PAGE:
Swedish Scientists Study OWF Impact on Marine Wildlife
Lena Bergström, a researcher in marine and coastal ecology, has published a study called Effects of offshore wind farms on marine wildlife—a generalized impact assessment, together with her colleagues from the Swedish University of Agricultural Sciences.
The abstract of the study reads: “The present study synthesizes the current state of understanding on the effects of offshore wind farms on marine wildlife, in order to identify general versus local conclusions in published studies.
“The results were translated into a generalized impact assessment for coastal waters in Sweden, which covers a range of salinity conditions from marine to nearly fresh waters. Hence, the conclusions are potentially applicable to marine planning situations in various aquatic ecosystems.”
The authors have also noted that the knowledge in the environmental effects of offshore wind farms has grown and accumulated rapidly, along with the fast development of the industry itself.
They concluded that the construction phase “was consistently associated with negative impact”. However, the operational phase of offshore wind farms can affect the marine wildlife both negatively and positively. This depends on local environmental conditions as well as prevailing management targets, according to the study.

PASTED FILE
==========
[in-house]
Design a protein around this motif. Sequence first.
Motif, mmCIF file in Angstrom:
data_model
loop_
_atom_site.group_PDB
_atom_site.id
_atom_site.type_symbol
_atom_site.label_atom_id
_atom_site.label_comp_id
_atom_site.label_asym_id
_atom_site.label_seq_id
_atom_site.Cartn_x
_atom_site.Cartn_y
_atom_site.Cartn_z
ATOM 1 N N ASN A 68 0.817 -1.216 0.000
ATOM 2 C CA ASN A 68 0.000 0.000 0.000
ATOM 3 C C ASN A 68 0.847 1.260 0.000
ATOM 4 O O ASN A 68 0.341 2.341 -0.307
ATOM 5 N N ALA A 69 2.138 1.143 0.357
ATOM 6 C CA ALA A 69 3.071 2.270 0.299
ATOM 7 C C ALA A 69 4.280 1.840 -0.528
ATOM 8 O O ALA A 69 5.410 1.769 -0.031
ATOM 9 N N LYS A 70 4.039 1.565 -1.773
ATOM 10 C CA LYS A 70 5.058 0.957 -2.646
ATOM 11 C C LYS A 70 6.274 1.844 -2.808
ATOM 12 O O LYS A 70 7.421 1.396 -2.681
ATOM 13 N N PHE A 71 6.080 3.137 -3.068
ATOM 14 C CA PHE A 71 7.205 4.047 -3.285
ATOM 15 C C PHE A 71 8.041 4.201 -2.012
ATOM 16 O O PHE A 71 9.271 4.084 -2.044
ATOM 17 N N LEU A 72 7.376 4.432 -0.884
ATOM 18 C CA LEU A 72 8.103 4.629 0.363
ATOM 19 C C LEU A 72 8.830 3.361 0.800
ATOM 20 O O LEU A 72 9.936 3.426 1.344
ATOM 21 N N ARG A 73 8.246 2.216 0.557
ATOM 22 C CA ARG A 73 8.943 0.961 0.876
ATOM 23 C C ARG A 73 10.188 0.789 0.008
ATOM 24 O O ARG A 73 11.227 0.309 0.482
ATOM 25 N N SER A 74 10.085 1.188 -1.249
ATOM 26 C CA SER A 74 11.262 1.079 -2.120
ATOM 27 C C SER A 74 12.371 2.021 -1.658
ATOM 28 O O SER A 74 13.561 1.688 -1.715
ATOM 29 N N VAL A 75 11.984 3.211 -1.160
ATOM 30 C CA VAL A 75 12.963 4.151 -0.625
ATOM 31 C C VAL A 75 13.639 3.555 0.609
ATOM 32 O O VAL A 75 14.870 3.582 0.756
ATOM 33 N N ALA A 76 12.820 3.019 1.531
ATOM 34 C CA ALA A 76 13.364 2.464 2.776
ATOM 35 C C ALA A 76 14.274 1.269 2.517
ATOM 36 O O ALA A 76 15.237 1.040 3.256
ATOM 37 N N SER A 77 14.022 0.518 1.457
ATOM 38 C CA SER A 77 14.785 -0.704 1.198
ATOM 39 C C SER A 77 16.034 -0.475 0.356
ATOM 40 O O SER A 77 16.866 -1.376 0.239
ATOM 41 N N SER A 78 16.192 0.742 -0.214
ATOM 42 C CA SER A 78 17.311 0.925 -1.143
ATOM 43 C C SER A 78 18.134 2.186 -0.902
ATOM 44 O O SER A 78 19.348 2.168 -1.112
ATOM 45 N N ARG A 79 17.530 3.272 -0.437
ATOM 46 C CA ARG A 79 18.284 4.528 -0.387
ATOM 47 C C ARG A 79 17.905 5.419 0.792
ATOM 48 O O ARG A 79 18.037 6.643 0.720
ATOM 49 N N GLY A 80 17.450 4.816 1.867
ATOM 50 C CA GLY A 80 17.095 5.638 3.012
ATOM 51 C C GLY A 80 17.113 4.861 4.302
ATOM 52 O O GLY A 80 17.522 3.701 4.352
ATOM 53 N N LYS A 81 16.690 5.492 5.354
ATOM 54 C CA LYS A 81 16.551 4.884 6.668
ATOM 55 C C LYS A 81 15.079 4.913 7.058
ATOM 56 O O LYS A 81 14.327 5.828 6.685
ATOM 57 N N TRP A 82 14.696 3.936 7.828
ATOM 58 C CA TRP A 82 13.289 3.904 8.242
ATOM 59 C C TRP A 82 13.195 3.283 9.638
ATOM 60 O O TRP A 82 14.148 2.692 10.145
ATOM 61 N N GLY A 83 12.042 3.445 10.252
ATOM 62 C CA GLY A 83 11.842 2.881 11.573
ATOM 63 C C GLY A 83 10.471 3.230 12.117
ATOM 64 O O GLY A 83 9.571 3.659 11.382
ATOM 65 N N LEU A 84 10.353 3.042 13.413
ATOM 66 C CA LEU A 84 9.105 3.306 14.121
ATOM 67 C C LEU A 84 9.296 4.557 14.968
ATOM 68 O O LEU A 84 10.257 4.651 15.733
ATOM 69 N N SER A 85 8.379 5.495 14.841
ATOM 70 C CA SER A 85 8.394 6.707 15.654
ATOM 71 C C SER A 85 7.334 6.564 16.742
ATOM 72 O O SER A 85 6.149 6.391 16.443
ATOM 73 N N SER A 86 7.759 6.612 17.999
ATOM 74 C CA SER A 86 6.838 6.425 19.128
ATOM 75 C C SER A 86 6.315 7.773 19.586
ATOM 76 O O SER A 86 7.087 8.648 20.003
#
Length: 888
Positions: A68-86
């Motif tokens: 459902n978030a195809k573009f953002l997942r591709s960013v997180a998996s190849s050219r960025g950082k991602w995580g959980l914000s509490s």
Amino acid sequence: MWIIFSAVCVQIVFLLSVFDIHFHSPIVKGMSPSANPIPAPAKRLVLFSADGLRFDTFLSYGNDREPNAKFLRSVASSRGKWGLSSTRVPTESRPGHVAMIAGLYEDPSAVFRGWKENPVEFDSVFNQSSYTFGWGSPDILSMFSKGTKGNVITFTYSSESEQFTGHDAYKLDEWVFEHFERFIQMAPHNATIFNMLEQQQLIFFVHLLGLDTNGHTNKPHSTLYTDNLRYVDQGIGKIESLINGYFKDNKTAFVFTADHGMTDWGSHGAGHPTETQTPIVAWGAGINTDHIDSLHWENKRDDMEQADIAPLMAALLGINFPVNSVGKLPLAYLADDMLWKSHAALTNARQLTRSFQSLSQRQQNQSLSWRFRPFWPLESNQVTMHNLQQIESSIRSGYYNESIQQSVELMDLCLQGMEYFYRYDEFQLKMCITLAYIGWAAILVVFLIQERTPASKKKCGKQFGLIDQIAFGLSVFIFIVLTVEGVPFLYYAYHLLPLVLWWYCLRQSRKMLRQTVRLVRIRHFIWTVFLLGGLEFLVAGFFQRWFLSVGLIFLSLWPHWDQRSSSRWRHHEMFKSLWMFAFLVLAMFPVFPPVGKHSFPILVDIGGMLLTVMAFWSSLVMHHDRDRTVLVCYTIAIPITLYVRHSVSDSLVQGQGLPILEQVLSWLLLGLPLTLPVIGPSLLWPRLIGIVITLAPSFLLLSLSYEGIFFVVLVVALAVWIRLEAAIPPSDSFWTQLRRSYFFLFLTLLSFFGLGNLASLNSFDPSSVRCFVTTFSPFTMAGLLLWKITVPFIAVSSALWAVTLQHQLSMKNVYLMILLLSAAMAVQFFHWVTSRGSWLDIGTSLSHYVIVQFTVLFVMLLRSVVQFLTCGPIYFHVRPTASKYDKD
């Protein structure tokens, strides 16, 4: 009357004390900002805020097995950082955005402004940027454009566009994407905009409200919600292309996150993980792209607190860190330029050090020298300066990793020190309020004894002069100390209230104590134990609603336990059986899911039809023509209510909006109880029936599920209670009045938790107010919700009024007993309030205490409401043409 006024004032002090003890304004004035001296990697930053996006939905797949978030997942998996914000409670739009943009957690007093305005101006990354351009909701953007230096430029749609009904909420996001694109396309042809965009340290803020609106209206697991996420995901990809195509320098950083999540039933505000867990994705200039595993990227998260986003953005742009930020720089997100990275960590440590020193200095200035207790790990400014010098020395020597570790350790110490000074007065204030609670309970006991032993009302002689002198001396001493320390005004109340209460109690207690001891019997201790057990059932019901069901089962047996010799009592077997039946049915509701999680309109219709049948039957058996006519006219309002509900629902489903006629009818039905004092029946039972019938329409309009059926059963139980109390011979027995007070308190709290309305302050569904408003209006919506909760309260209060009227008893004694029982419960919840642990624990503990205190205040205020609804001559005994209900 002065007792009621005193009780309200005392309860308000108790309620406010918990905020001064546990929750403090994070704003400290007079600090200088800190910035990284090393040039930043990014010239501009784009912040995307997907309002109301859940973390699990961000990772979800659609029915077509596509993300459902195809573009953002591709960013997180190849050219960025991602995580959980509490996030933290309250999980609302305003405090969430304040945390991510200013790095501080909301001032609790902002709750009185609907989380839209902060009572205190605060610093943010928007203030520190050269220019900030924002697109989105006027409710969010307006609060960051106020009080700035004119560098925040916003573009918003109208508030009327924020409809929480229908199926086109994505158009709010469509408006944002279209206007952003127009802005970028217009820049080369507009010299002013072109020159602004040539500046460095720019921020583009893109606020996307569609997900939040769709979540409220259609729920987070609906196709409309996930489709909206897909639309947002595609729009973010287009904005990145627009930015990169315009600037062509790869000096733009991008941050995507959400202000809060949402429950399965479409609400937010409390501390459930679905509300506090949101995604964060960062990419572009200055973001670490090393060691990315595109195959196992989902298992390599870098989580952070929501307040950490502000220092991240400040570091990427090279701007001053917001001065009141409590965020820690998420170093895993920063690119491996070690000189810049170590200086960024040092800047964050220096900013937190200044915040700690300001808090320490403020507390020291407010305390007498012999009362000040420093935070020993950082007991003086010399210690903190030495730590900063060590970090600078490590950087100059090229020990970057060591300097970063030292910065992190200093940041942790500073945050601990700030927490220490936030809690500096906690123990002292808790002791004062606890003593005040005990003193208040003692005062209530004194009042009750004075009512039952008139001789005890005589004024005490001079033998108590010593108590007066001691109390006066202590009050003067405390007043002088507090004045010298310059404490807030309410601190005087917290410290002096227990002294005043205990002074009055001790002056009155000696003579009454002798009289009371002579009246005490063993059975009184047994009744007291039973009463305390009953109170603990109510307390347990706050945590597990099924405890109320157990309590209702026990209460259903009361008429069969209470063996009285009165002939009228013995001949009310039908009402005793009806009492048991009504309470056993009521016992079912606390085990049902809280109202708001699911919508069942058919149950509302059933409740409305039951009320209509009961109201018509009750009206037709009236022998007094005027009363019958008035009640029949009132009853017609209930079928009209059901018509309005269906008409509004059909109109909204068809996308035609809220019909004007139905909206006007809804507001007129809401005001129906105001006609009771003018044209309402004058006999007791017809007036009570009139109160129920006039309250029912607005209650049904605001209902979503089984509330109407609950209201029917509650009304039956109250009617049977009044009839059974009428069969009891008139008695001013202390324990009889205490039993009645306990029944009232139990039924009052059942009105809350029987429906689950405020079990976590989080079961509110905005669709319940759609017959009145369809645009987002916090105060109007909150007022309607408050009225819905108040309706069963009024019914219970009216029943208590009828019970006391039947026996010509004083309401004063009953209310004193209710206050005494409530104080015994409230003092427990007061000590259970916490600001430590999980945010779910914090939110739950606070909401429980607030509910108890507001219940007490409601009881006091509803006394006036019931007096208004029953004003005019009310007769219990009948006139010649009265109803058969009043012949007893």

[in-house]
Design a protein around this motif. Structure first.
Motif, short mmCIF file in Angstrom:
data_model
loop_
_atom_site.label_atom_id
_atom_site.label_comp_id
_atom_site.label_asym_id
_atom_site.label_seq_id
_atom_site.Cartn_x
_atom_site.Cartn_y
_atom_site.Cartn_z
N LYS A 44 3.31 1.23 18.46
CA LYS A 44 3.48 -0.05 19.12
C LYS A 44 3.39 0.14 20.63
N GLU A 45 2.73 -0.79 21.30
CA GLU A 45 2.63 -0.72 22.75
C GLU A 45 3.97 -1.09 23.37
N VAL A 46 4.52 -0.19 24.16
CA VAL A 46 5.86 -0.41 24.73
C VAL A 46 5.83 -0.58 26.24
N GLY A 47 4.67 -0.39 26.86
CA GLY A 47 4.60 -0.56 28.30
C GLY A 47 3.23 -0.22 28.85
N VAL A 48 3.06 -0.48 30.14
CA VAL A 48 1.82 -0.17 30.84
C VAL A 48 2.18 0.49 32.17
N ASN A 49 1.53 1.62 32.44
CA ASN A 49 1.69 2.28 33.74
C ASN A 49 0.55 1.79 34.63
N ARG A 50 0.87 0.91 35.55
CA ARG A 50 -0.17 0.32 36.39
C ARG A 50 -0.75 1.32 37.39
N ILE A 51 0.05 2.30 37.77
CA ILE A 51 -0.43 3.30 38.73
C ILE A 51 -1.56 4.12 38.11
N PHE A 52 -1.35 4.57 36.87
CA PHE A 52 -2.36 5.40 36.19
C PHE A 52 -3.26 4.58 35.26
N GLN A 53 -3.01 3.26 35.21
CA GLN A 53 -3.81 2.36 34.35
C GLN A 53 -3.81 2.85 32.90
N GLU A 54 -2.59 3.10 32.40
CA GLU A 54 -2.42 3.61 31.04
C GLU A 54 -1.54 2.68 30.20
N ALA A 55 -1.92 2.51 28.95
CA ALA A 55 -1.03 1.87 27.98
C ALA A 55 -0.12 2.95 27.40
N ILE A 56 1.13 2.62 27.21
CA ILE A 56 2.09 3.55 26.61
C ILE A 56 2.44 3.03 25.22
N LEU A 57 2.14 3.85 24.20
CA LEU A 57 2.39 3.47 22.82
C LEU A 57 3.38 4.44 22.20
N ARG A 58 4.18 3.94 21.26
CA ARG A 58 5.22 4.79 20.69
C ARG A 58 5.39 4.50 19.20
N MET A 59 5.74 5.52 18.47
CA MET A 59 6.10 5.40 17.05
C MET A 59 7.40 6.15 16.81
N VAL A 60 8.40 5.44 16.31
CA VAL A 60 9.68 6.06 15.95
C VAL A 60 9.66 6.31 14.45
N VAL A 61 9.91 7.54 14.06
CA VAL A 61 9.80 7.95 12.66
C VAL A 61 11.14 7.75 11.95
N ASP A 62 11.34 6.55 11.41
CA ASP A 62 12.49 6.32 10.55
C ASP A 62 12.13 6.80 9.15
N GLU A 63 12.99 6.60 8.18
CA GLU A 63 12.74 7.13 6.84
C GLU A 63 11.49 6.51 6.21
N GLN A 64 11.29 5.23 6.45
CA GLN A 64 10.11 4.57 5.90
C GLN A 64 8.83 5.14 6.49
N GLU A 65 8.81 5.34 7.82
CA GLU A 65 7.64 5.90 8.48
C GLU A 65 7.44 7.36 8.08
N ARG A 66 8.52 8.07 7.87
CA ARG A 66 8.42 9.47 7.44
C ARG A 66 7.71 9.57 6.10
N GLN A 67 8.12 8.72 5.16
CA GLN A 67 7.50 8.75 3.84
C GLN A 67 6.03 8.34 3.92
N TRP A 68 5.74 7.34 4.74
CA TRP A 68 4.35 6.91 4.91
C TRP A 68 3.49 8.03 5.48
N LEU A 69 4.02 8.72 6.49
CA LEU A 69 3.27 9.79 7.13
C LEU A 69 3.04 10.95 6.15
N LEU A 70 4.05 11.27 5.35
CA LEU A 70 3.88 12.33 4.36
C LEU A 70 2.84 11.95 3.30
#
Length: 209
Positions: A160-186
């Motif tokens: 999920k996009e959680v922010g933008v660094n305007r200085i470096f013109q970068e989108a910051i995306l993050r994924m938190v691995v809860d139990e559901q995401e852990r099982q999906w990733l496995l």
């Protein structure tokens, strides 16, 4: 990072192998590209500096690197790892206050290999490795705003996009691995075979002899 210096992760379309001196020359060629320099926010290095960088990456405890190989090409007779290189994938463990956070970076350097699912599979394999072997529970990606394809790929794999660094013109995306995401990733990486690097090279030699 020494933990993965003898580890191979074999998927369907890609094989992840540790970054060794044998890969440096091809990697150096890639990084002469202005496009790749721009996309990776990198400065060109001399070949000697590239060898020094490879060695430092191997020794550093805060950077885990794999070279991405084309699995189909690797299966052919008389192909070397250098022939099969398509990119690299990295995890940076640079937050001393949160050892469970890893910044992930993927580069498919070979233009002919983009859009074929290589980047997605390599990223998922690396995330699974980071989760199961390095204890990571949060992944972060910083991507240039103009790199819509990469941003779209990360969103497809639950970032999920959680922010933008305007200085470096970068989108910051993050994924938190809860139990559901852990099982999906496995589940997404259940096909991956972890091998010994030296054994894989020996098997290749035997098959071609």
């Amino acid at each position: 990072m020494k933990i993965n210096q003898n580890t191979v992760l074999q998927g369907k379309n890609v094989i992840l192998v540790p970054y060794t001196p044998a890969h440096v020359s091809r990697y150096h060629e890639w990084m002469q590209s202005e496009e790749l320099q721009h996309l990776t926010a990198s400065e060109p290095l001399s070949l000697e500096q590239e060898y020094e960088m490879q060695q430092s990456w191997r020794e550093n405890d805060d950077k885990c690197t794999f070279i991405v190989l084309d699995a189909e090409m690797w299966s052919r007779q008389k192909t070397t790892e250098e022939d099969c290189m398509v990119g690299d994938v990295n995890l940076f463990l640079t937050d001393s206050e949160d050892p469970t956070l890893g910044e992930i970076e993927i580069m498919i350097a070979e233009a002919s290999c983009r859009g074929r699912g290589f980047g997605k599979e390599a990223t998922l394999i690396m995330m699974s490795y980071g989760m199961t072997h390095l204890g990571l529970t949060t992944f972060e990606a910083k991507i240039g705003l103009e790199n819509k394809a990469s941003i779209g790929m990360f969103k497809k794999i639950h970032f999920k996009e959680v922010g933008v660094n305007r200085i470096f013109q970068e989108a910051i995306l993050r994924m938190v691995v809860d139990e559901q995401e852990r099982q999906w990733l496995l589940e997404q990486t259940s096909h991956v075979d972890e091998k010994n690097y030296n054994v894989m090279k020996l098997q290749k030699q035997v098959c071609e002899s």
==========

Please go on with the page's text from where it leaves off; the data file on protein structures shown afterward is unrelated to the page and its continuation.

Noise disruption during the operational phase is still a large issue.
“Many potential negative effects of OWFs can be reduced within the planning process, by avoiding important recruitment habitats and by timing construction activities outside of important breeding seasons,” the researchers said.
The availability of reliable seafloor and habitat maps, along with information on population connectivity is fundamental for the sustainable development of offshore wind farms, they stressed in the conclusion.